ResMed has over seven and a half million people using the MyAir app, mainly just to monitor compliance and to give them a feeling about how they're going with their therapy. Yes, we know it's all very basic. Only five percent of that score is related to apnea treatment. However, 75-year-old Bob doesn't care. He's happy to open up his app, check out his score, and say, "Yep, I'm doing okay." Now, over the past five days, there has been a massive MyAir outage, the biggest we've ever seen, and data isn't syncing to the app. Poor old Bob's opening up his phone, and there is no score. There is no data, and he's going out of his mind trying to figure out what's gone wrong. So today, I want to talk about that adage, "What went wrong?" and things ResMed can do in the future to improve customer communication, which has been woeful, to say the least. All right, this is it.
Improving Customer Communication for the Future
Situation could all be avoided with some good communication, and right now ResMed customers, have a right to feel frustrated because they're spending a lot of time trying to troubleshoot this issue. Ain't nobody got time for that when it has nothing to do with him. It's all ResMed's problem. Now, the good news is your data is not lost. If you're worried about compliance, or insurance, don't worry, okay? It's there. It's on the ResMed server, and if it's not on the ResMed server, it will be stored internally on the memory of the device. They hold about 365 days' worth of data just in the device itself on the memory, even if you don't have an SD card. Okay, so I'll kind of explain how it works, but right now, your data is over there on the ResMed servers, and they're having a problem sending that.
Understanding Data Communication for ResMed CPAP Machines
Information from the database to your app. They're having a problem matching it up. I think something like that, but I'll just explain about the data communication, how it works, just so you have a bit of an understanding. Now, these machines here, the AirSense 10 and the AirSense 11, they send the data - the summary data. This is just statistics like how many hours you use your machine, what your apnea-hypopnea index was, and what your leak rates were. They send this summary data - that's what we call it, summary data - via the cell towers, the same as your phone. They send the data via the cell towers, so they have a cellular modem inside them, and they use this modem to connect up to the cell towers. They send the data to the cell towers, the cell towers pick it up, and they send it across to ResMed servers, and then the ResMed servers send that information to your app. I know it's all a little bit complicated. Now, this device here, the ResMed AirMini.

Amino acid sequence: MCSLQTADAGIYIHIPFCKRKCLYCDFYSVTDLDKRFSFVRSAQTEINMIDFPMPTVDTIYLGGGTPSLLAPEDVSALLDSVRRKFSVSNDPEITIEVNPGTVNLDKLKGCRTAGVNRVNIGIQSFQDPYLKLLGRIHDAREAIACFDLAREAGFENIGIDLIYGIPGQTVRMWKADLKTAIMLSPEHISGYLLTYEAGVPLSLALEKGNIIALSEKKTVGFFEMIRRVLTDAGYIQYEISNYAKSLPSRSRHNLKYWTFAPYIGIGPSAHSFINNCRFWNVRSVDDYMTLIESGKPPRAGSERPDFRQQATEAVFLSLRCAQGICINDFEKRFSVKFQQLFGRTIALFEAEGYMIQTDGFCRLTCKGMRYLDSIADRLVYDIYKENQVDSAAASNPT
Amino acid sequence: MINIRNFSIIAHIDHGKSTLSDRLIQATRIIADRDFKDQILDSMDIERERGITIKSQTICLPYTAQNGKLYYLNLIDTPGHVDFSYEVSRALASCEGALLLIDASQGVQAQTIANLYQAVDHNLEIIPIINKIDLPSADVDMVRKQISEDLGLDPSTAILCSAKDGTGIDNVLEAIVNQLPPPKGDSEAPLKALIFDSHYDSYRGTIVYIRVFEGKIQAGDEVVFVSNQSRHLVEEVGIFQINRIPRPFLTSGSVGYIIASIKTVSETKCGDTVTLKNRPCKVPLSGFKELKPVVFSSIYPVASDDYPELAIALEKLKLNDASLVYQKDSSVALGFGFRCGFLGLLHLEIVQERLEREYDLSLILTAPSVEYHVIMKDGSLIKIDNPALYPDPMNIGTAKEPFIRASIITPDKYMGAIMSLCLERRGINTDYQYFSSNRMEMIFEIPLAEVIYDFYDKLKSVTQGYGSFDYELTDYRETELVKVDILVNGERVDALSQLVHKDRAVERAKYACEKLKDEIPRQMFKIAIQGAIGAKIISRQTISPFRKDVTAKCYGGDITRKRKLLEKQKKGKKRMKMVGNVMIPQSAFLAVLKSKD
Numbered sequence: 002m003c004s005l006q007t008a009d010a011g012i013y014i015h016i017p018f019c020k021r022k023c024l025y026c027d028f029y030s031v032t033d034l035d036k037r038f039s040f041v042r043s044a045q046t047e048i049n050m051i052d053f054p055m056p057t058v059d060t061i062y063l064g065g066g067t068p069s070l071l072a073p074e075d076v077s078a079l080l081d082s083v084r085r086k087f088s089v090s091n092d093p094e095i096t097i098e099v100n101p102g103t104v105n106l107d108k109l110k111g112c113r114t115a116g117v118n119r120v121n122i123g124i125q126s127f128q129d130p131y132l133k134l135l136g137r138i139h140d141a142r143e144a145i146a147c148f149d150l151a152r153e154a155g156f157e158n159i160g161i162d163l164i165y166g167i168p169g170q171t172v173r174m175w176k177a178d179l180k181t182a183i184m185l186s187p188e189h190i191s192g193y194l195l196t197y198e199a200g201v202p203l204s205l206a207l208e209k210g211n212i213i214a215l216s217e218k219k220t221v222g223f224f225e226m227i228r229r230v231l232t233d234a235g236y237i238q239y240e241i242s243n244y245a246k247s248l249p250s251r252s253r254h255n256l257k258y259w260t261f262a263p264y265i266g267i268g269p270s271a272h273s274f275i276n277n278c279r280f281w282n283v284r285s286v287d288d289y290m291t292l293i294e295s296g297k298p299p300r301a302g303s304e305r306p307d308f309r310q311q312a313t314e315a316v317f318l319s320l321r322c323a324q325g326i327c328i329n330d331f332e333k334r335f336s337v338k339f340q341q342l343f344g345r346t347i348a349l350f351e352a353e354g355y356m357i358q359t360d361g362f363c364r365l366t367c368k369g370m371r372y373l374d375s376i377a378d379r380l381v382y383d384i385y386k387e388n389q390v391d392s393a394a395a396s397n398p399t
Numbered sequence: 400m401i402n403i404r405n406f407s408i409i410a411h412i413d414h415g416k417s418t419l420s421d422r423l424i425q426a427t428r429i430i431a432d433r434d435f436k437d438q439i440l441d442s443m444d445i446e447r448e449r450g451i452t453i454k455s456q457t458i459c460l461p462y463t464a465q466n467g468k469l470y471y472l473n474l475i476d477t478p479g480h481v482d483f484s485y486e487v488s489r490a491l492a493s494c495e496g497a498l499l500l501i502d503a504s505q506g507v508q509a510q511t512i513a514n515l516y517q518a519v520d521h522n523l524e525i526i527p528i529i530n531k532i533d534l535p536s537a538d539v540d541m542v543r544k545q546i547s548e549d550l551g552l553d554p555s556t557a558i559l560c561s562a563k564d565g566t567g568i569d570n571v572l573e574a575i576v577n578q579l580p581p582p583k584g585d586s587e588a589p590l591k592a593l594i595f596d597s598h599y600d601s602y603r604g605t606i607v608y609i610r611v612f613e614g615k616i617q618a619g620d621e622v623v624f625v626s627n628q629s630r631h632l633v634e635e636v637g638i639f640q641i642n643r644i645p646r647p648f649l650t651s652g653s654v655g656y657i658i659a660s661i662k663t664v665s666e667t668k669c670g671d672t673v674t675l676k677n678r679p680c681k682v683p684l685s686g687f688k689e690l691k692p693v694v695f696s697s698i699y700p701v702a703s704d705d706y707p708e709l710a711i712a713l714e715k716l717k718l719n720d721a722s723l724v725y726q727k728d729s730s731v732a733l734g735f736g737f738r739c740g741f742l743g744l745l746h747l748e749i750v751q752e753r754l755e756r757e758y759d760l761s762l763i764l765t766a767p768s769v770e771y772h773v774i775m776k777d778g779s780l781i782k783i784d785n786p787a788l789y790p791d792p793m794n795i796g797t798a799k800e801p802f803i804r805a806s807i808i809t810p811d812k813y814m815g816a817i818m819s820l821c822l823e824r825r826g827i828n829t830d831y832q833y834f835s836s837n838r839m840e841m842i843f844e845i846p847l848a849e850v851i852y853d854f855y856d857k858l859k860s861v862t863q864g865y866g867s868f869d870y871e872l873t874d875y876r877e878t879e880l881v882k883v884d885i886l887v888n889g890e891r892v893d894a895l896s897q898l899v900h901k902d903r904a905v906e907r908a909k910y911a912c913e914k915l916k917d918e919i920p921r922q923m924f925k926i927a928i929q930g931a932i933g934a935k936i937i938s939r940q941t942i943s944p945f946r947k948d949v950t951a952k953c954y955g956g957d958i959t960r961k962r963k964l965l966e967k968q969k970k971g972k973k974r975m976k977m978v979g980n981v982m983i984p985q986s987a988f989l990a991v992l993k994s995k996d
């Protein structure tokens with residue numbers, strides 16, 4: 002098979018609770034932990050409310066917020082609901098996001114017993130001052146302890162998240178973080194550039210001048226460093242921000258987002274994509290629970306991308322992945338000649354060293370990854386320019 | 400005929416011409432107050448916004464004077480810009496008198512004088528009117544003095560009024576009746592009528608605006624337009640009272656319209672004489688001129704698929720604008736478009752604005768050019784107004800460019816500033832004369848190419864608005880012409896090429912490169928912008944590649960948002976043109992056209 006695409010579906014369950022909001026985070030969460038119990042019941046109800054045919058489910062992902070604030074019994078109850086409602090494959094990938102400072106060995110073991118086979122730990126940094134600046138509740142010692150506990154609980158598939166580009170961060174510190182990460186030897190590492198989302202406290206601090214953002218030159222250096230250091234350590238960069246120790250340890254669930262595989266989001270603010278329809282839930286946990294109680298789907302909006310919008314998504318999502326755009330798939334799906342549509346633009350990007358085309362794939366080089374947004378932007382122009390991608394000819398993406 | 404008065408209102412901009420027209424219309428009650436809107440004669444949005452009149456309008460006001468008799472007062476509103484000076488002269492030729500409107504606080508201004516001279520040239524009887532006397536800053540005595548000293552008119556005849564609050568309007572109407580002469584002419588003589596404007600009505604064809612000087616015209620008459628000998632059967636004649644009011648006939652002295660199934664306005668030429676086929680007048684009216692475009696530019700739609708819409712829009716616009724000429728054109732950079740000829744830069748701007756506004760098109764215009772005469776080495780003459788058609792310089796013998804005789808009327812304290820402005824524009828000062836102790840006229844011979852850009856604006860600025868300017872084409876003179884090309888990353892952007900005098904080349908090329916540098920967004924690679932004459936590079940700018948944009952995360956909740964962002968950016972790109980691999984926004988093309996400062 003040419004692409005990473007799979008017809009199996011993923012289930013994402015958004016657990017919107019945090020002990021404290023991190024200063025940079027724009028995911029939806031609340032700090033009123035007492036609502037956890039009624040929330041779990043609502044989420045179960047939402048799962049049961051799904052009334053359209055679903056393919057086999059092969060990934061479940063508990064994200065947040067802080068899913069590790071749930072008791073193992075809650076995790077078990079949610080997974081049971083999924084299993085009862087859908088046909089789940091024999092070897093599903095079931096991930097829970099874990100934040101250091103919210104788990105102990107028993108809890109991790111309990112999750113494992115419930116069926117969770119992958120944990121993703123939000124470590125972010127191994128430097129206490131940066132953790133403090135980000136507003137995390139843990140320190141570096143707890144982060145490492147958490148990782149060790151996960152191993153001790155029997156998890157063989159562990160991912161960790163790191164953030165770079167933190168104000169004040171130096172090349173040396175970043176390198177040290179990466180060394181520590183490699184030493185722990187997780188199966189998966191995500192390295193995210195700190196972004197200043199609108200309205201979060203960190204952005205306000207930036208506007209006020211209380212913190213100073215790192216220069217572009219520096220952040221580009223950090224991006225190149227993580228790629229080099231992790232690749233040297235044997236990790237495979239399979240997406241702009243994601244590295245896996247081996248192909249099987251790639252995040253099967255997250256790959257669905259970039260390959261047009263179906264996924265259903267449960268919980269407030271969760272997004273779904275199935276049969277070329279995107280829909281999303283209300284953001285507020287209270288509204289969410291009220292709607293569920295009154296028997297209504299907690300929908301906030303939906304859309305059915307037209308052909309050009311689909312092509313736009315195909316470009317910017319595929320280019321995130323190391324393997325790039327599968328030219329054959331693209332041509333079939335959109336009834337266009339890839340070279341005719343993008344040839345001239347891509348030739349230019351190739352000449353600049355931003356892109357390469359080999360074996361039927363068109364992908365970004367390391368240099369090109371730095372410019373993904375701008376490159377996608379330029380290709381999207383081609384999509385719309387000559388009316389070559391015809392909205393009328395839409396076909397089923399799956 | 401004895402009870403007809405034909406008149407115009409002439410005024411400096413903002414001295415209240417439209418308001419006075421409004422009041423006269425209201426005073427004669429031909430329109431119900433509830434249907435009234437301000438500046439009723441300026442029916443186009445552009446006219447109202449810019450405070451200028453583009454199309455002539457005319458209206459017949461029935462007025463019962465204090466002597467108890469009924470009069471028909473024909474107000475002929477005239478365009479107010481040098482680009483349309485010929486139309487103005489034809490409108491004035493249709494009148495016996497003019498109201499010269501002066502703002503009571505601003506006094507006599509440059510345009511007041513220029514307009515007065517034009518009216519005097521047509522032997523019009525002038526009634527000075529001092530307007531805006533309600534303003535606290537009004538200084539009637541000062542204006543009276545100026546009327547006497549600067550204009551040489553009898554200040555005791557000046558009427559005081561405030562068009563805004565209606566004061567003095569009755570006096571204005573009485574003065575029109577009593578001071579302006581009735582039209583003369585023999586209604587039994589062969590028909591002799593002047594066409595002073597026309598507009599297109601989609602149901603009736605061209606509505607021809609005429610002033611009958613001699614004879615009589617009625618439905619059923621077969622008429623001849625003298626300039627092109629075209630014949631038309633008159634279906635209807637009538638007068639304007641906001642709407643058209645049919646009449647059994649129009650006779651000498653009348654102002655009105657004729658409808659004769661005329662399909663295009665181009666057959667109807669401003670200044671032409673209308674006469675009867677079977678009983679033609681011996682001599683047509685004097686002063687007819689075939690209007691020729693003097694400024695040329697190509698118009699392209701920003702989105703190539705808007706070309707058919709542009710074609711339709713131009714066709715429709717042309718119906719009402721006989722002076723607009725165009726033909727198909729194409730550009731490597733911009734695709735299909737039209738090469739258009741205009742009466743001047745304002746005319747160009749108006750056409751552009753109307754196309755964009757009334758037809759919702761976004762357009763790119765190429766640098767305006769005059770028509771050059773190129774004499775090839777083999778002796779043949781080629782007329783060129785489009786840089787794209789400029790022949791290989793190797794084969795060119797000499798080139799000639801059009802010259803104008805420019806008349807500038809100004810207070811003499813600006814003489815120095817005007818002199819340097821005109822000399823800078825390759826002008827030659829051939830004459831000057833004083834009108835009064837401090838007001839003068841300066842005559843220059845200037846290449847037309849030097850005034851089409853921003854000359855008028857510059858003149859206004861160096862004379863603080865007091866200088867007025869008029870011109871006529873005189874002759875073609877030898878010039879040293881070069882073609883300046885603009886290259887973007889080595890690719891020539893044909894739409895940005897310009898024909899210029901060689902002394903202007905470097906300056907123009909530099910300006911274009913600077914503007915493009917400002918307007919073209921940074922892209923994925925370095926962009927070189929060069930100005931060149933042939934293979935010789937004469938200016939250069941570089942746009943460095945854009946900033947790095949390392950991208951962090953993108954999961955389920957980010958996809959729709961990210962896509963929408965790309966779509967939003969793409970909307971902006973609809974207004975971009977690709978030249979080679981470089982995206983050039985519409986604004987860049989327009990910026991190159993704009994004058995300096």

Doesn't have an SD card and it doesn't have a cellular modem. It uses Bluetooth to transmit the data from the device to the myair app. Once it hits the myair app, which is connected to the internet, it transmits all that data to ResMed servers. That's how it works. So right now, we don't have a problem transmitting data to the servers. That's happening. That's why the data will be there on the servers. There's a communication problem with the data on the servers, sending it back to the myair app to display it to you. That's where the problem is. The ASNs 10 and 11 also have SD card capability. And if your machine doesn't have an SD card, you can go and buy one. They're nice and affordable 32 gigabytes or below. Make sure it's unlocked and insert it into your CPAP. Now, once inserted, during the night your CPAP machine will write detailed data to the SD card every 5-10 minutes. And what's awesome about detailed data is there's a lot.